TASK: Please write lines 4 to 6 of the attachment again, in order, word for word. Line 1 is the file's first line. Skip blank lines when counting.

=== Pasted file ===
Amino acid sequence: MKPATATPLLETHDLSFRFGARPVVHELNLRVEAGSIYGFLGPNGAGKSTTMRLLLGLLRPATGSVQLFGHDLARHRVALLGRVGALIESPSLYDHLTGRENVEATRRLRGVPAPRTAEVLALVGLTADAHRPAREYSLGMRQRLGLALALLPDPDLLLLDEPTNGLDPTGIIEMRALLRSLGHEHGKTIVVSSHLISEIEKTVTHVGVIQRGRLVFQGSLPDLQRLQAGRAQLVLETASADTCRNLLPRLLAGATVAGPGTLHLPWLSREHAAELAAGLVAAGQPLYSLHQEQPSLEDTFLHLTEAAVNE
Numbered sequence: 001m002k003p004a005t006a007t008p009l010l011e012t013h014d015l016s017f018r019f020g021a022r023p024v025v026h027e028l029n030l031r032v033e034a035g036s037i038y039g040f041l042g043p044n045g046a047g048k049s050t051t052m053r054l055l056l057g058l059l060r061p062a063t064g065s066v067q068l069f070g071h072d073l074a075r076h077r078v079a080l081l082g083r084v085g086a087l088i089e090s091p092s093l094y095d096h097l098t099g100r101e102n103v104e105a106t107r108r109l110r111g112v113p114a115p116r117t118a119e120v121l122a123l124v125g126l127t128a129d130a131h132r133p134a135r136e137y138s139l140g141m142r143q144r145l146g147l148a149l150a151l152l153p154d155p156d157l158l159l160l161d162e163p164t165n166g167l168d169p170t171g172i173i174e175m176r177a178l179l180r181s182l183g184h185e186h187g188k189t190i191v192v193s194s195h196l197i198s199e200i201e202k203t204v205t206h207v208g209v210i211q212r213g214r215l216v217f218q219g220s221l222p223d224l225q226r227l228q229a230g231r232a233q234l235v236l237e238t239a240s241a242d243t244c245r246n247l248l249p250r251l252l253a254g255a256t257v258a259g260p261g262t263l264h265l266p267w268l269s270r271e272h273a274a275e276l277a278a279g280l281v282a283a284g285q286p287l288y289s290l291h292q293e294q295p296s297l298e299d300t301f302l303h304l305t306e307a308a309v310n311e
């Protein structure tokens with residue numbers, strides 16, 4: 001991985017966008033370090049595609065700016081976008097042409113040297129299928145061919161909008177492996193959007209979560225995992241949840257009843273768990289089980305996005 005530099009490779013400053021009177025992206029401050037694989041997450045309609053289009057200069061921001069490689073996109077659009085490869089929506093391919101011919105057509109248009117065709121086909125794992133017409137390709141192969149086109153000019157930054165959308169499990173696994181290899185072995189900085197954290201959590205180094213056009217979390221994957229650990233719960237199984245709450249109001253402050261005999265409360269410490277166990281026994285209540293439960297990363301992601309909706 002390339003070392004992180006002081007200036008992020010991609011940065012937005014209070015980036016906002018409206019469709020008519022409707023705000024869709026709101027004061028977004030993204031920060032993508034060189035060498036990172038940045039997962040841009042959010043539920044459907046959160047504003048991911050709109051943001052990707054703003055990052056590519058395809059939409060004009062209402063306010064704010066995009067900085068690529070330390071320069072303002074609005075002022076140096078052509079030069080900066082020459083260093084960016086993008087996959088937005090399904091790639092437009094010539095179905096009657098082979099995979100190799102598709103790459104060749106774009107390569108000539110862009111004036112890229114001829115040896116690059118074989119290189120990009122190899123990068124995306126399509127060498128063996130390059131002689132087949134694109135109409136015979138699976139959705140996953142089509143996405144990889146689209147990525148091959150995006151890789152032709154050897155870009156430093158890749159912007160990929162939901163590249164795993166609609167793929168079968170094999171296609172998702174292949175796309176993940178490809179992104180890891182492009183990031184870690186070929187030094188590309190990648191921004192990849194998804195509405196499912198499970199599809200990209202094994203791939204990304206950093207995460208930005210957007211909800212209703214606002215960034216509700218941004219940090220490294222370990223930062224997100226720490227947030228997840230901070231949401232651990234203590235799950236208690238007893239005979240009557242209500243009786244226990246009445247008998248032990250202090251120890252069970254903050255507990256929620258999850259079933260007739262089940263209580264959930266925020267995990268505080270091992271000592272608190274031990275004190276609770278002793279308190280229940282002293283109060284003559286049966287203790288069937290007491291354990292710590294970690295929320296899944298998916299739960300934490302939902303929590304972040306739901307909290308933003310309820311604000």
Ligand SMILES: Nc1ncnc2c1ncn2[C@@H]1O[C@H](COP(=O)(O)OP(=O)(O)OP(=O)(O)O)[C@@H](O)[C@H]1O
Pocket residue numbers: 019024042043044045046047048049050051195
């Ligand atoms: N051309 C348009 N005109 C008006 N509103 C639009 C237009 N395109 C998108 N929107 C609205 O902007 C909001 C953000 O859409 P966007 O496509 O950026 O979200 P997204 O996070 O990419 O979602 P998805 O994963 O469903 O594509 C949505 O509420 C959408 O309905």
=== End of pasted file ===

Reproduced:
Ligand SMILES: Nc1ncnc2c1ncn2[C@@H]1O[C@H](COP(=O)(O)OP(=O)(O)OP(=O)(O)O)[C@@H](O)[C@H]1O
Pocket residue numbers: 019024042043044045046047048049050051195
């Ligand atoms: N051309 C348009 N005109 C008006 N509103 C639009 C237009 N395109 C998108 N929107 C609205 O902007 C909001 C953000 O859409 P966007 O496509 O950026 O979200 P997204 O996070 O990419 O979602 P998805 O994963 O469903 O594509 C949505 O509420 C959408 O309905």